Situated a few meters from the Prime Minister's office, whose building is also historical as it housed the National Treasury building in French times, and adjoining the magnificent and emblematic garden of the Company, the Natural History Museum, located in Port-Loius, the capital of Mauritius, is a vast exhibition hall of the regular history of Mauritius in the 19th century.
It was following an expedition by two naturalists Julien Desjardins and Louis Bouton that this accumulation of historical work was saved during the 1840s, more than 15 years later, the objects found were exchanged with the Mauritian Organisation in 1885. The objects were mainly related to marine fauna and feathered creatures of the Mascarenes. The exhibition room is then focused on the effective accumulation, study and recording of the fauna and greenery of Mauritius and the surrounding islands.
Over the years, this exhibition hall has become a centre for documentation and exchange in the various fields of history characteristic of the Mascarenes. The Natural History Museum now represents over 500 long years of the rich and varied vegetation of Mauritius through its four exhibition halls. In 2018, the museum has over 35,000 geographical examples and regular history examples, of which 3,000 are on view. Why is this so? For the simple reason that the island was a paradise for endemic creatures such as the renowned Dodo, the gigantic land turtles and about 300 endemic plants, including the black tree or the Ebony wood are also on display.
At the Natural History Museum of Mauritius, we can see several distinct exhibitions: the Fauna Display, the Marine Life Exhibition, the Bugs, the Meteorology and the Mammoth Torture. In the first part of the visit, in the Fauna Display room, the extinct winged and riverine animals are displayed. Then, in a brighter and more welcoming room, under the theme Marine Life Exhibition, submerged life is presented, where more than 100 types of fish that exist in Mauritian waters can be discovered. Then, visitors arrive in a third room where the geographical nooks and crannies and the meteorological events of the island are exposed. And finally, the fifth room is devoted to the illustrious Dodo, where his criticality is apparent with matchbox guides, stamps and banknotes where the effigy of the Dodo is printed. In the present day, visitors are also treated to a short cinematic archaeological account of the removal of the dodo skeletons at Horse aux Songes, conducted by the Mauritian-Dutch group.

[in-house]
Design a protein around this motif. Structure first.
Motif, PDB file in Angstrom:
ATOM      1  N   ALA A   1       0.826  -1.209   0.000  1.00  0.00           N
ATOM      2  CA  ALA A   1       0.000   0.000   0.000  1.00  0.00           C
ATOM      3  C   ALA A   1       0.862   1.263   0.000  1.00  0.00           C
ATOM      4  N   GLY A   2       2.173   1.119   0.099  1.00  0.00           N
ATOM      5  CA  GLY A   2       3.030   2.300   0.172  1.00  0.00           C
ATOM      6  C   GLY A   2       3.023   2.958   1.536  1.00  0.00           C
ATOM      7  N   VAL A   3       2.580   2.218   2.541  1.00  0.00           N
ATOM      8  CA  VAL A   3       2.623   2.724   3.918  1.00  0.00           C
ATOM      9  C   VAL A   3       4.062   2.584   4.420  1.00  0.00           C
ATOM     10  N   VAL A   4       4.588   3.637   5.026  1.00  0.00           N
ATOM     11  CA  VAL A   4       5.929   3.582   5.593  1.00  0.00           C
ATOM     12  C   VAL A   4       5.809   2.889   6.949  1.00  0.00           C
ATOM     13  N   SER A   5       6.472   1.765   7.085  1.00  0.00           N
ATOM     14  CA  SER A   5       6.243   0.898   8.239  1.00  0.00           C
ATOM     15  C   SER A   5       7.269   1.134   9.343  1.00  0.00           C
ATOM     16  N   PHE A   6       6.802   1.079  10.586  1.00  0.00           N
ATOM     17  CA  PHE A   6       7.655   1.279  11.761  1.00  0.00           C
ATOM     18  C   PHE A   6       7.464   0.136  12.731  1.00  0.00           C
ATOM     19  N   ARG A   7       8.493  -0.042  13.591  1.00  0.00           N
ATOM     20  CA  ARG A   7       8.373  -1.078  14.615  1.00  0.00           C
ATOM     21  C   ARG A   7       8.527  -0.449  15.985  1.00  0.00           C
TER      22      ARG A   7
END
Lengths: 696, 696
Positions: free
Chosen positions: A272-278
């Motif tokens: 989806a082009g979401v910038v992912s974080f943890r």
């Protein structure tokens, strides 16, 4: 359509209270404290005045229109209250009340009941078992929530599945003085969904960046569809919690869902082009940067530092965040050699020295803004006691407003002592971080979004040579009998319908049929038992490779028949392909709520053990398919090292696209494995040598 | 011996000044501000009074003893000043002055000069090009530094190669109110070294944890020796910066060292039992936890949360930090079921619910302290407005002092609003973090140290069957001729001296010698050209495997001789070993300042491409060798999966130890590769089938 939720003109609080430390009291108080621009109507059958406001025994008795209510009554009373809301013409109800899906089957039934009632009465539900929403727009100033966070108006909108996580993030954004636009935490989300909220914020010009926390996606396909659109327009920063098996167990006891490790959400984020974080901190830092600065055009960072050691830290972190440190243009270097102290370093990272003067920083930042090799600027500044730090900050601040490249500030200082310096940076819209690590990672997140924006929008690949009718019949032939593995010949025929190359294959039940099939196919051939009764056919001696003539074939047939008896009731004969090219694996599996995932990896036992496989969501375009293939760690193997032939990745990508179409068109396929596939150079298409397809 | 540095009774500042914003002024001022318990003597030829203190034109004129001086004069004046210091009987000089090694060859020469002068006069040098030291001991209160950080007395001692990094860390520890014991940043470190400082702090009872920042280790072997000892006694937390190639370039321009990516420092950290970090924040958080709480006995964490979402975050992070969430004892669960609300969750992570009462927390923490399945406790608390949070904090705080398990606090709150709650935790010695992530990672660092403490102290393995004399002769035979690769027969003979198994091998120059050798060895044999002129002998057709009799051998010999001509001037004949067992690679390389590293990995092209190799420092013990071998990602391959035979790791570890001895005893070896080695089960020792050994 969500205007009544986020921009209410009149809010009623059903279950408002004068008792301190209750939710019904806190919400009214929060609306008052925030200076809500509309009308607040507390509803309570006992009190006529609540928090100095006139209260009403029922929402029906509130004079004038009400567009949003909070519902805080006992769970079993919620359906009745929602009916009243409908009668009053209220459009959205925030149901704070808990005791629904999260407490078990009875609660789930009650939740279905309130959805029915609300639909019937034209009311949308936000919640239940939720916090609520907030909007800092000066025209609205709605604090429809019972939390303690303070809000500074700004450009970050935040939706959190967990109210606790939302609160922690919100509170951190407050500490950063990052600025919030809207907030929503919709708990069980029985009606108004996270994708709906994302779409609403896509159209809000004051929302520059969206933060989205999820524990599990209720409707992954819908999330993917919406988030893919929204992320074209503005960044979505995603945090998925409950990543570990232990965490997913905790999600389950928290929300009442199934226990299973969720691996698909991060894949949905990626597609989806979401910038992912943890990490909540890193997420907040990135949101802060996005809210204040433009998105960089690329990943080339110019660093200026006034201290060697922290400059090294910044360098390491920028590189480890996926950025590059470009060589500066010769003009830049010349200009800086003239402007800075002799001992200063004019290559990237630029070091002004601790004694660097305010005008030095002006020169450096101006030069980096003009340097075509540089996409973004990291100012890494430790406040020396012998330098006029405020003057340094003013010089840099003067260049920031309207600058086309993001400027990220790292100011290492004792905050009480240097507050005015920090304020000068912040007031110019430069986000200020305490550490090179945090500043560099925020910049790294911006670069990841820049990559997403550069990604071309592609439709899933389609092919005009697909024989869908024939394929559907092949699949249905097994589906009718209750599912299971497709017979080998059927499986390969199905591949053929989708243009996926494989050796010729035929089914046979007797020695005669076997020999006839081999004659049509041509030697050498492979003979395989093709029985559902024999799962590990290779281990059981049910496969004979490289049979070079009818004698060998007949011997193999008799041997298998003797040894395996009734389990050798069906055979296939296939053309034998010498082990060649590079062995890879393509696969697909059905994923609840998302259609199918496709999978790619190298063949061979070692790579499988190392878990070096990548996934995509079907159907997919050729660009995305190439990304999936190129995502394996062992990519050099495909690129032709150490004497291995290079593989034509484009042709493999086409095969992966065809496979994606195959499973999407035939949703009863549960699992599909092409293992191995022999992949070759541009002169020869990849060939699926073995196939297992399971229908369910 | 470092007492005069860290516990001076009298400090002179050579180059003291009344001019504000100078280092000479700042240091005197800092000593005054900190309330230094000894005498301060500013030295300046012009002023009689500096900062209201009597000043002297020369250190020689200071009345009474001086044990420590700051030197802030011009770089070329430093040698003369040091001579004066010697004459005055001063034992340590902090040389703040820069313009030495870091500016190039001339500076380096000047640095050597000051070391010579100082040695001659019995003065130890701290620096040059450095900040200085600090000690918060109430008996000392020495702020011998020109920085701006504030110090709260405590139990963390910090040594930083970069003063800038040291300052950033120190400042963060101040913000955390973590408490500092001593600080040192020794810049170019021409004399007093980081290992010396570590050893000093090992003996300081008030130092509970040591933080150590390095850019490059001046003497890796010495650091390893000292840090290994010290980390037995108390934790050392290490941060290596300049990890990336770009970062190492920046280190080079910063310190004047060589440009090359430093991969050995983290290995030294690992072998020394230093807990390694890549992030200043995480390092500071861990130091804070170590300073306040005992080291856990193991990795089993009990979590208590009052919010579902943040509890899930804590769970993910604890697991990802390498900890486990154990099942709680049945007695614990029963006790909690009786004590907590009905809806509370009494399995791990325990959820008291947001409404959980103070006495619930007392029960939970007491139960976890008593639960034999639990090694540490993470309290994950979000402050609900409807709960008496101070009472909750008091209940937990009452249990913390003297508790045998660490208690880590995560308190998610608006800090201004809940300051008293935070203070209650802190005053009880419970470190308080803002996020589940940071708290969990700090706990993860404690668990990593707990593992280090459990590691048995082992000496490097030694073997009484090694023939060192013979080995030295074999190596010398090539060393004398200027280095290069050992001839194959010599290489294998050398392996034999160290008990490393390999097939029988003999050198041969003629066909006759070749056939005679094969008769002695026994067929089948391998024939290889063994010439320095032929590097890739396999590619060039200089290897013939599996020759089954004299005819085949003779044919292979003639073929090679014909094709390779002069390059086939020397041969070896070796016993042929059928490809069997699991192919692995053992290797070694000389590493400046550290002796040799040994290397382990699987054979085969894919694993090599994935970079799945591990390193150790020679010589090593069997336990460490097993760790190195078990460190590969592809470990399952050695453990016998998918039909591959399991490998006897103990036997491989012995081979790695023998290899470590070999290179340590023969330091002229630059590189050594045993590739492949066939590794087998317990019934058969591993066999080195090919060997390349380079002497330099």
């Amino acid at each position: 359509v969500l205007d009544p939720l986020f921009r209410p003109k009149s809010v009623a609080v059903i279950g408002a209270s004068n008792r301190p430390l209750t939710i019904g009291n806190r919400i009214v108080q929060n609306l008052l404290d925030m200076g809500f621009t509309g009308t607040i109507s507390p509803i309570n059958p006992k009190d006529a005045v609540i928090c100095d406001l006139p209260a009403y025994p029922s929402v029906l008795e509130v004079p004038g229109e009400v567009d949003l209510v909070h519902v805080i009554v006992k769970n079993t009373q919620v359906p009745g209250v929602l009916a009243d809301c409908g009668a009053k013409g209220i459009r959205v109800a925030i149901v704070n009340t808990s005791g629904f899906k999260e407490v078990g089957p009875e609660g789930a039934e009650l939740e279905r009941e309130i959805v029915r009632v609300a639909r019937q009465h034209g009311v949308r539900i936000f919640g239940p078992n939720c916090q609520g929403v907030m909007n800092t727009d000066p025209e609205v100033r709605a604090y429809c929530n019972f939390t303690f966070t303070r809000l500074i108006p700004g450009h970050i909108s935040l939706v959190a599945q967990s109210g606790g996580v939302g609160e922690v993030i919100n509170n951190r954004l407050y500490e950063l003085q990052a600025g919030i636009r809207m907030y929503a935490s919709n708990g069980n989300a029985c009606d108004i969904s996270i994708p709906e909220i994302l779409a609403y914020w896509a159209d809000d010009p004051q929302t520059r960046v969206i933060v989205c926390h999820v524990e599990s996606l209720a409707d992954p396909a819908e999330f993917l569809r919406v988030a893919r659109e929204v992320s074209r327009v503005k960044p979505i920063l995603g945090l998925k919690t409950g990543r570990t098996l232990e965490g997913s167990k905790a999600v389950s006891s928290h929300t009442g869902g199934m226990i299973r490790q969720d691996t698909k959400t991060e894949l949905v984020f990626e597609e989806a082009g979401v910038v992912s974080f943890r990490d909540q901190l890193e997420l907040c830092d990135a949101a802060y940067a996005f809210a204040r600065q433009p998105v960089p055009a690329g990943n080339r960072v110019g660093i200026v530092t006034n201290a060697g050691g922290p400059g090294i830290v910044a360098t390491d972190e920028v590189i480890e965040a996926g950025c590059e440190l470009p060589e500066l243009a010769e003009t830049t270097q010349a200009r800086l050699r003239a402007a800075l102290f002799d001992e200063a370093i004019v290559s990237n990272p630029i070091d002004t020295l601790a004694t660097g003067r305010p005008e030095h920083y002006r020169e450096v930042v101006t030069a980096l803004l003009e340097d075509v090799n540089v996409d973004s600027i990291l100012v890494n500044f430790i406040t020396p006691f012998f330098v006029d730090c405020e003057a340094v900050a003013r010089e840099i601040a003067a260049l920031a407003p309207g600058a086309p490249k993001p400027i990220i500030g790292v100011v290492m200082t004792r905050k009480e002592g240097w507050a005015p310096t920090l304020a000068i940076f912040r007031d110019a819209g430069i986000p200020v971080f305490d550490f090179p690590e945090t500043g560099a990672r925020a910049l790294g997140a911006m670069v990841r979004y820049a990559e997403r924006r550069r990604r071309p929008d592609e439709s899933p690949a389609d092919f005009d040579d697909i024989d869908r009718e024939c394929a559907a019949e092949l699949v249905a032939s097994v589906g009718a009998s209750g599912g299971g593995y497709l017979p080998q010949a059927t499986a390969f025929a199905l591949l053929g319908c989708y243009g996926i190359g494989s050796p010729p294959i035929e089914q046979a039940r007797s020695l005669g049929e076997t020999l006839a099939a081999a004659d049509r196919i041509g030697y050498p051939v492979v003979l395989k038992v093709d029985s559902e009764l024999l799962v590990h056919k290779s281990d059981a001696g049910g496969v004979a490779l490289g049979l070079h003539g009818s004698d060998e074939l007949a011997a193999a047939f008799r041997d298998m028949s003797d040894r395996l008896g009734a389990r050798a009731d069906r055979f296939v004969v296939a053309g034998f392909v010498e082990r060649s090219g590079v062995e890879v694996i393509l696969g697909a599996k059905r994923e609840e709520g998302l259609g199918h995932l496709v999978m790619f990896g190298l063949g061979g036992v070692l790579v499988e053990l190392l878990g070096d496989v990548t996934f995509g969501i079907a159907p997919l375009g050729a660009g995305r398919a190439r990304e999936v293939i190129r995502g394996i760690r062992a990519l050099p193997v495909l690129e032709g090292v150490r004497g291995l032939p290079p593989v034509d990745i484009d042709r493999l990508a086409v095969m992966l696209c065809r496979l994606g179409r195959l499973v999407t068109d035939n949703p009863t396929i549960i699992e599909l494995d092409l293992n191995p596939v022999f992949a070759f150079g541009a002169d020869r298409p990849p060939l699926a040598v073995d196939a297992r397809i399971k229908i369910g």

No doubt your first walk through the room, instructive as it may be, takes you back to the Jurassic period, some 150 million years ago. You will be able to admire the cast fossil of an Archaeopteryx, offered by the English gallery. This creature is commonly called Ur Vogel (German), the first feathered creature. This species of "raw fowl" shared various basic features with both the winged creatures and the dinosaurs of the time. There is, however, an unconventional link to both species. They had small teeth and in addition a long hard tail, it is believed that this is the first bird of its kind to change from being a land dweller to a winged creature. The main examples of Archaeopteryx that have been found came from the Solnhofen limestone in Bavaria, southern Germany.
The entrance hall of the Natural History Museum shows feathered creatures from various parts of the world, for example, poultry and moving winged animals, close to species found on the island. The Indian Myna (neighbourhood name: Martin - shown from India), the Basic Waxbill (neighbouring name: Bengali - shown from South Africa), the House Sparrow (neighbouring name: Sparrow - shown from India) are some of the different species of fowl you are likely to find all around Mauritius.